- 'The 'Oddball (some protagonists live in their own world, they may be insane or simply eccentric but they are usually good-natured (or at least mean well) and thus are not antagonistic: examples of Oddbals would be Pinkie Pie, Squirrel Girl and (depending on the writer) tamer versions of Deadpool)
- The Free Spirit (some protagonists live by their own rules and don't really care what others may think - they can be troublesome but are not normally malicious, varying between chaotic good and chaotic neutral these heroes champion the individual and are usually unpredictable but lovable, in their own way)
Protagonists have numerous origins ranging from the absurd to the sublime.
Origin helps build a character so its important to think on how you want your antagonist to be when creating an origin:
- Comical - if you want a comical protagonist the origin should be light-hearted and focus more on silly and/or amusing topics rather than overly-depressing or malicious things.. stereotyping (within reason) is also acceptable in comedic origins since if used for parody.. for example you could be a madcap agent of chaotic "good" (such as The Mask) or a hero with extremely absurd and comedy-based origins (such as Earthworm Jim and the Tick).
- Tragic - if you want a tragic protagonist the origin should show a troubled past, this doesn't mean their entire life is a walking depression - even tragic characters have moments of happiness.. you may be an outcast who defends a world that hates you (like X-Men and (traditional) Spider-Man), an unwilling monster (such as Hulk) or a vigilante who saves the world, yet must also hide from it (like Batman).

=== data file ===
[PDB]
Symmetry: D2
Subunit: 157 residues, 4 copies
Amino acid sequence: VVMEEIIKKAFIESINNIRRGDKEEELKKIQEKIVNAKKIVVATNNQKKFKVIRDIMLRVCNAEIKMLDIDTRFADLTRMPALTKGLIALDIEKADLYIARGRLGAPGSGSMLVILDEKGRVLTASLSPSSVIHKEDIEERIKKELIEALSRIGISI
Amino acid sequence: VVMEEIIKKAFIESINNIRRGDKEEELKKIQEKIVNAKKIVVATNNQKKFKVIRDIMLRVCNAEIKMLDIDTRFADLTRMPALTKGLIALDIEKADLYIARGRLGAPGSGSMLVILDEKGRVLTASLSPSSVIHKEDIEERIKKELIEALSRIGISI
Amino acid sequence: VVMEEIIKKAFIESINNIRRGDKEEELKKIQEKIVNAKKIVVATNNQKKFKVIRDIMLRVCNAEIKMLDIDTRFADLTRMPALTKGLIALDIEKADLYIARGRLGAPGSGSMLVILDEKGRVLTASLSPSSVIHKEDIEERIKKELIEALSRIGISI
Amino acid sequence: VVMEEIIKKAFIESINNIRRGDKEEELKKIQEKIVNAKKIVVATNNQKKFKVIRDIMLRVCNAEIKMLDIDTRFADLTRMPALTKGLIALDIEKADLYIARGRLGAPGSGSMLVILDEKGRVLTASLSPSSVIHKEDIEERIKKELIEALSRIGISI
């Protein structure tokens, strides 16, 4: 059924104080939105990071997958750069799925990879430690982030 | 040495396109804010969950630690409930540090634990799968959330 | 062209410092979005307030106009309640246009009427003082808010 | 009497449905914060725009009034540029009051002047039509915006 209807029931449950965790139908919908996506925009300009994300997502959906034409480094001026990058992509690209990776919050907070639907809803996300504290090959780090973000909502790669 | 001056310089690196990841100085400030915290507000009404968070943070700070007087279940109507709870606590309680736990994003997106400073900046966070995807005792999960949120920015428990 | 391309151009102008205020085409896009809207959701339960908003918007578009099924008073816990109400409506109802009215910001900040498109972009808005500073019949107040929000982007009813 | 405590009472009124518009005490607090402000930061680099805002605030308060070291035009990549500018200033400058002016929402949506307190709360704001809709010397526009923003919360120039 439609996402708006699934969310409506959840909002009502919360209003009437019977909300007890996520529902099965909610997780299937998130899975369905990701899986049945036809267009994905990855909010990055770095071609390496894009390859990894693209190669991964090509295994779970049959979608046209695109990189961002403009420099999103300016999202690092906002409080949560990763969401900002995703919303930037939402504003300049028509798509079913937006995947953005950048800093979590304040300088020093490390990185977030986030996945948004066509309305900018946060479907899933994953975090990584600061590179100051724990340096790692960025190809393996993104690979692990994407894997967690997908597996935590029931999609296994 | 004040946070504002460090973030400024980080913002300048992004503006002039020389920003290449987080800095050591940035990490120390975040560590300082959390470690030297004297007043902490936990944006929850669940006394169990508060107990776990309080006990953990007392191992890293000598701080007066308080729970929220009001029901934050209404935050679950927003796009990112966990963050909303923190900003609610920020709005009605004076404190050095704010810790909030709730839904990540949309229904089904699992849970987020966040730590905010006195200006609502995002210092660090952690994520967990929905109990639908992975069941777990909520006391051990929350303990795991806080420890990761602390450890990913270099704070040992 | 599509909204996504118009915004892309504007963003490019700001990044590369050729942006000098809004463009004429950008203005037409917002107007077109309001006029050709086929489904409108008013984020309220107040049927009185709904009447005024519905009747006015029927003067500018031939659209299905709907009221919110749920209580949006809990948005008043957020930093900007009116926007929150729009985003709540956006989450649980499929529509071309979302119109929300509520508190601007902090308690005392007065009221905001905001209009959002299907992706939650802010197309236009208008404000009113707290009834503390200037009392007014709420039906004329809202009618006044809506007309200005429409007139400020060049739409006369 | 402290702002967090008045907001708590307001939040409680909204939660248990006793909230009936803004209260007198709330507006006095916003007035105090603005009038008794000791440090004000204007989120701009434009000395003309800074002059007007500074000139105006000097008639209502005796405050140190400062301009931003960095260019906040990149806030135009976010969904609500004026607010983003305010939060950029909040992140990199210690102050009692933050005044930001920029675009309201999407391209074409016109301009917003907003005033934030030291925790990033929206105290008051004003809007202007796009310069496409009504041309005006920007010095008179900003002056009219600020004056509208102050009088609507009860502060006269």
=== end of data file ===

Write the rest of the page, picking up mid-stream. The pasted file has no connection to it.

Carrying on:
- Traditional - if you want a traditional protagonist the origin shouldn't be entirely "2-dimensional" - you may want to be the traditional "defender of truth, justice and the American way" but even then you should have a convincing reason why you would have such a belief.. you could of been raised to uphold certain beliefs (such as Superman) or underwent a personal tragedy that made you want to make a different to the world (such as Spiderman and Batman) or you could be driven by extreme altruism (love for one's fellow man) (such as many legendary accounts of Robin Hood).